McCreary said there was a need for a middle-man to book rail cars for grain companies, as the Grain Transportation Agency (GTA) once did.
The GTA was initially formed to ensure fair car allotment for grains not shipped through the Canadian Wheat Board. McCreary said that although industry players grumbled about the number of cars they got, the GTA provided transparency and allowed players to get involved in logistics planning.
More transparency in the grain handling process, along with price transparency in the markets, is key to making things work better, McCreary said.
“I would say that information, in and of itself, will be part of the solution, because all of the players will make better decisions with better information,” he added.
Any regulation needs to include solutions for single-point shippers, short lines and small elevators, McCreary added. “Right now we have two railways and if we don’t find a way to solve the problems of single-point exporters, we’re going to have three grain companies. And by and large, they will not be in the same locations, and we’ll have that market-structure issue.”
McCreary added that the goal wouldn’t be to decide which companies succeed but making sure “that their success is dependent on the service they provide to farmers, not whether or not they’re the big bully in the negotiation with the railways.”
Harvey McEwen is a farmer based near Francis, Sask., and former Weyburn Inland Terminal (WIT) director. McEwen told delegates the Weyburn Inland Terminal could load three unit trains a week without breaking a sweat.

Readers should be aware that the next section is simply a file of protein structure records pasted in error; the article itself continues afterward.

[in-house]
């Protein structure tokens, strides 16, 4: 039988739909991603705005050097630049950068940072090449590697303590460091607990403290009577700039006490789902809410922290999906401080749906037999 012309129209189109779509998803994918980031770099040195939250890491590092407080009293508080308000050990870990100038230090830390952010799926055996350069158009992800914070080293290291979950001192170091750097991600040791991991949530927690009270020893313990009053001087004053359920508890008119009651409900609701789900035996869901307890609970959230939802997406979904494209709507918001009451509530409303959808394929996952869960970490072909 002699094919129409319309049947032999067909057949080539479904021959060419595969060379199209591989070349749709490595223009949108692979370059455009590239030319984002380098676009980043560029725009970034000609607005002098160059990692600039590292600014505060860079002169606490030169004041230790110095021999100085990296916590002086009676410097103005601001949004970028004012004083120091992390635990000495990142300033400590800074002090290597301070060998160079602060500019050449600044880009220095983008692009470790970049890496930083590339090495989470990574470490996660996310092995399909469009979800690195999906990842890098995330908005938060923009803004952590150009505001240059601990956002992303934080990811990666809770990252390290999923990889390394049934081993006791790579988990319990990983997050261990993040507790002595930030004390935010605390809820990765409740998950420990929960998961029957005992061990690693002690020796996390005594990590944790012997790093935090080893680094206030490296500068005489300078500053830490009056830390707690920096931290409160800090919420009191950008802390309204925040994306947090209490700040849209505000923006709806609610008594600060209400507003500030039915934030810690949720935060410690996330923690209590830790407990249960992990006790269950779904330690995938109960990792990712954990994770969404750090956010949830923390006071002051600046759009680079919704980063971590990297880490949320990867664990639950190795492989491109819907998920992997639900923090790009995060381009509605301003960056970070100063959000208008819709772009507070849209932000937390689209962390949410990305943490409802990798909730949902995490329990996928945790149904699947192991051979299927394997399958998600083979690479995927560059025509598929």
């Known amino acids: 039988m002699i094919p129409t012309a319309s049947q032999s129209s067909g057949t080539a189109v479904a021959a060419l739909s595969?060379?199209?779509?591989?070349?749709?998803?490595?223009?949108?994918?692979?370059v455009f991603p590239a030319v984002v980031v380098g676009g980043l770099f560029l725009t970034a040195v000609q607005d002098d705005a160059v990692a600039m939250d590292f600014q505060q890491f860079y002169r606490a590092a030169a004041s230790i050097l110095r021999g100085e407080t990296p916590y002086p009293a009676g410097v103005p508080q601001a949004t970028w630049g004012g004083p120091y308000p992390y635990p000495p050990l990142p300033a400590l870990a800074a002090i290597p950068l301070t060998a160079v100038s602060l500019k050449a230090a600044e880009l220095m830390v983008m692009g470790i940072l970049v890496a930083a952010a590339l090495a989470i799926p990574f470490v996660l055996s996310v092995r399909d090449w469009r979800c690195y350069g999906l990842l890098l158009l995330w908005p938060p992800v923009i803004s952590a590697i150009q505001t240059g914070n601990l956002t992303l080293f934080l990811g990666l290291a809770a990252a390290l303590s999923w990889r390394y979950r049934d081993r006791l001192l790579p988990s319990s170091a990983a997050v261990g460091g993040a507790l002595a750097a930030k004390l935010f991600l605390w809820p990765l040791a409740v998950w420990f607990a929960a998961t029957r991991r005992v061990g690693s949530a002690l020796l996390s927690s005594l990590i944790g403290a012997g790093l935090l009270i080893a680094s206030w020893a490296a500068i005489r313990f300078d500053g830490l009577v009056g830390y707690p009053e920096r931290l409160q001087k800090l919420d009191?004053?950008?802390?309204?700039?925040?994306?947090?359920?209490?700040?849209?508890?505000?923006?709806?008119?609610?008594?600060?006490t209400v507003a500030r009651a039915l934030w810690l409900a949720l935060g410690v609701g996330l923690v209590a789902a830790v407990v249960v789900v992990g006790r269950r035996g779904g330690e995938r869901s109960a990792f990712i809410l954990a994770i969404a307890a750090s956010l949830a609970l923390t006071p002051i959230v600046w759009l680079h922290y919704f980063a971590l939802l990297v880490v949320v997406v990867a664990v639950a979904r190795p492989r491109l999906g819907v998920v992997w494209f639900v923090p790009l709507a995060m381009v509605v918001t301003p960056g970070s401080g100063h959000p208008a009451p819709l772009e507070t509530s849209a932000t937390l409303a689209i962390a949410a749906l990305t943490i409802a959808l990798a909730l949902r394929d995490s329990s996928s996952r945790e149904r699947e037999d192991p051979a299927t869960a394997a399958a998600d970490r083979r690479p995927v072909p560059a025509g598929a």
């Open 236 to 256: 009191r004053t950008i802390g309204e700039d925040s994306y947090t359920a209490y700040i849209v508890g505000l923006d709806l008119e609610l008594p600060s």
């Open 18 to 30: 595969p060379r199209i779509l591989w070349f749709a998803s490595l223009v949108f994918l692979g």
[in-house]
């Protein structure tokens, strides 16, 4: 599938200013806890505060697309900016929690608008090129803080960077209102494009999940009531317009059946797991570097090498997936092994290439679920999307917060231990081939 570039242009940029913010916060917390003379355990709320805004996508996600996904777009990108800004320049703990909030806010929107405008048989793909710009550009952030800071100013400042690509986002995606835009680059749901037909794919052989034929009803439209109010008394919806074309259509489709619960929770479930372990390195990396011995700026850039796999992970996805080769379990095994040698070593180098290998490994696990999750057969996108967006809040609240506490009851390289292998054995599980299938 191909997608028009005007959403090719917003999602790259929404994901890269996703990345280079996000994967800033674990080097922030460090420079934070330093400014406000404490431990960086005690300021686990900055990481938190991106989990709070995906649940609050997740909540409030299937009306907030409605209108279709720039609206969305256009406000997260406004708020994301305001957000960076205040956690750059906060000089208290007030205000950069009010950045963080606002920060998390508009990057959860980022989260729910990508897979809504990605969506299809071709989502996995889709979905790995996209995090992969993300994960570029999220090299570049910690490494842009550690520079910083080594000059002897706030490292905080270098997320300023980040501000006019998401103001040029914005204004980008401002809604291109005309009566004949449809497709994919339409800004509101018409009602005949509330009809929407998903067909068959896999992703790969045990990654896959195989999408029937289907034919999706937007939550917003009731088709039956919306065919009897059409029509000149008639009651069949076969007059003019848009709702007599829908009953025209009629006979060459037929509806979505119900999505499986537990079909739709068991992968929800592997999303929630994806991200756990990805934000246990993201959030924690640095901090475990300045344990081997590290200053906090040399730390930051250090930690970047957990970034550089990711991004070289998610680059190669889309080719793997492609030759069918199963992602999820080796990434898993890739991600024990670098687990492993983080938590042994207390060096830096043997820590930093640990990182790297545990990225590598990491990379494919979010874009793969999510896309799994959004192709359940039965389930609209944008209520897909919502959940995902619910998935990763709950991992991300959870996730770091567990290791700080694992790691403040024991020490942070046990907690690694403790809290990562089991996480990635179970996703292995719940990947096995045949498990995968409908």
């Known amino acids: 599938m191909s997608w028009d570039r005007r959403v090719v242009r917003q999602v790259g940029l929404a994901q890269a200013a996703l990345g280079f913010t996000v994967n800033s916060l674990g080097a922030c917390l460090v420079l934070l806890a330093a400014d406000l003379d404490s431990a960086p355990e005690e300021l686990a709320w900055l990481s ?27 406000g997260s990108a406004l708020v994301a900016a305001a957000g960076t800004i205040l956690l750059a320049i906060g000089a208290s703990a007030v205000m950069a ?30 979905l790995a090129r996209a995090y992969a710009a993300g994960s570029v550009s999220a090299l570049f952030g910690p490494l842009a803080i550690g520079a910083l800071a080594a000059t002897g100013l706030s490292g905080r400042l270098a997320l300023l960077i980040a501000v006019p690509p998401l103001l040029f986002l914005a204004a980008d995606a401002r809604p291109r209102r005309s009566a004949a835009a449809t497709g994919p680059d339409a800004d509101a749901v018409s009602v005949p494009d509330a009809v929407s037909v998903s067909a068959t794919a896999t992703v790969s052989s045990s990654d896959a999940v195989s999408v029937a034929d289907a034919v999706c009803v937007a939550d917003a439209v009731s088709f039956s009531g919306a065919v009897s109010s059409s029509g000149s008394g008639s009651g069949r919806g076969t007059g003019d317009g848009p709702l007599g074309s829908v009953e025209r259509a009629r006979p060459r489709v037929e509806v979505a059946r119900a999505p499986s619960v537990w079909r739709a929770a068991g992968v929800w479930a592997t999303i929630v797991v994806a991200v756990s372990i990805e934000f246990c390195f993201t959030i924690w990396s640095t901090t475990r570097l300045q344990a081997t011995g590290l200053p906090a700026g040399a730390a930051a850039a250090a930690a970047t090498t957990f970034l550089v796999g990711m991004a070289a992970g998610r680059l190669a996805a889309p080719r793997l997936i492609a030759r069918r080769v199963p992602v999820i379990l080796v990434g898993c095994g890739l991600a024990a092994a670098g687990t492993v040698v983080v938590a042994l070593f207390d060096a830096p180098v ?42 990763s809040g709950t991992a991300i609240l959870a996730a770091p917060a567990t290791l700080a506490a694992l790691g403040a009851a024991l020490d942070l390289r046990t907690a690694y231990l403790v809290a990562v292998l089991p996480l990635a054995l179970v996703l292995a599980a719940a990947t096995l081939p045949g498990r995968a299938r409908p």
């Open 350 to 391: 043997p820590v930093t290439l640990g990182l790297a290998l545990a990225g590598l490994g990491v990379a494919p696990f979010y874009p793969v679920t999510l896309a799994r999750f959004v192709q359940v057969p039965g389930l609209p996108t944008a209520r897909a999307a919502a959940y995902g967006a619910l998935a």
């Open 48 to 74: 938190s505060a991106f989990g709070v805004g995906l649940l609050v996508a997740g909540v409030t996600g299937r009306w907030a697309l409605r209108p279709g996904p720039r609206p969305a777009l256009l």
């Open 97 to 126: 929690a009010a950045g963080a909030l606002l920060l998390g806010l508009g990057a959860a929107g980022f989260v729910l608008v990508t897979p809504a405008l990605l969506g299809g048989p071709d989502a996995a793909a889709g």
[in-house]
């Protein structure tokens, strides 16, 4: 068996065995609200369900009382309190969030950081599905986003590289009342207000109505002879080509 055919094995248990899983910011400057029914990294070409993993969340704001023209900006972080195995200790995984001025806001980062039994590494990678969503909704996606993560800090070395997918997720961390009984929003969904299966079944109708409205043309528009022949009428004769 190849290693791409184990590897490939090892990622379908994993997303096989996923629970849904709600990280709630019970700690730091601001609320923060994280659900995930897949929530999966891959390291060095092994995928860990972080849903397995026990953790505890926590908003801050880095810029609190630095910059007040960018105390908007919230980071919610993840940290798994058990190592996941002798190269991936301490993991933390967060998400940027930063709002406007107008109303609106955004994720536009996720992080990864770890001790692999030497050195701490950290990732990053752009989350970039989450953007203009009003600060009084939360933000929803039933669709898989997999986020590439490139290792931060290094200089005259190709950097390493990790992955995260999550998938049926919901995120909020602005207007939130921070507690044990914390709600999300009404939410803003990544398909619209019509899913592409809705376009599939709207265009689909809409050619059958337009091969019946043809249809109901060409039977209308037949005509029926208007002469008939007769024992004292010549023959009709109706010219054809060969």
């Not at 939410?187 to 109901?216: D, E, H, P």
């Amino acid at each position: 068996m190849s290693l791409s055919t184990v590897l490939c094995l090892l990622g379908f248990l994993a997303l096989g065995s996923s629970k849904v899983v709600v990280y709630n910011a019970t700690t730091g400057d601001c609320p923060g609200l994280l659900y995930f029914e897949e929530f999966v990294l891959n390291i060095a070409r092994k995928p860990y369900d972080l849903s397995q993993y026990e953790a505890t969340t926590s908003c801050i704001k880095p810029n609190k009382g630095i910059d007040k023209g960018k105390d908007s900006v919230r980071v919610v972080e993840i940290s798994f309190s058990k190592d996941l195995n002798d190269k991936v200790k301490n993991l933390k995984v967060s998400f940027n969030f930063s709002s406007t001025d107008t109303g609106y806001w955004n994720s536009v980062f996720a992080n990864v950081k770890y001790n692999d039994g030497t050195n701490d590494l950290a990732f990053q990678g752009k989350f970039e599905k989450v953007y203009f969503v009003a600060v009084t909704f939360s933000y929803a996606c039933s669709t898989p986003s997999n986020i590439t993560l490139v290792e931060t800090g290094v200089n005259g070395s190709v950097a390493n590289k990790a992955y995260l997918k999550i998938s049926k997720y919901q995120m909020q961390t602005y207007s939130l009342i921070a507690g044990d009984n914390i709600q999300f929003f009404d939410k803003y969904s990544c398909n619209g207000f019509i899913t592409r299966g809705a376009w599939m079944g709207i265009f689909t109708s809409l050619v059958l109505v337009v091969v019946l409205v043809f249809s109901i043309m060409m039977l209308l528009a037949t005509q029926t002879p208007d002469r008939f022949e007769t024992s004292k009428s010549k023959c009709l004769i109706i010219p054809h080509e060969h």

But CP told WIT it allocated cars to the terminal based on the other two local companies’ needs because CP didn’t want to tick off other customers, McEwen said. “And as a single point shipper, we were dead in the water,” he said.
McCreary said running rights could potentially increase capacity. He said unidirectional movement, which is when there is one-way movement on each railway for a block of time, would have the same effect as double-tracking and boost capacity.
“I suspect that has to be encouraged by a regulator rather than relying on the market to make that happen,” said McCreary.
Gray said he had no trouble with “joint running rights, multiple running rights, open running rights, separation of track and rail. All those things are practical solutions in terms of economics.”
Tallon said expanded interswitching was a good idea, but pointed out that as the railways compete to fill orders for shippers within the interswitching regions, elevators outside that bubble “could see some severe neglect.”
“At the end of the day, the open running rights would be the goal,” said Tallon.
The industry also needs large car-spotting incentives to reflect actual costs, Tallon said.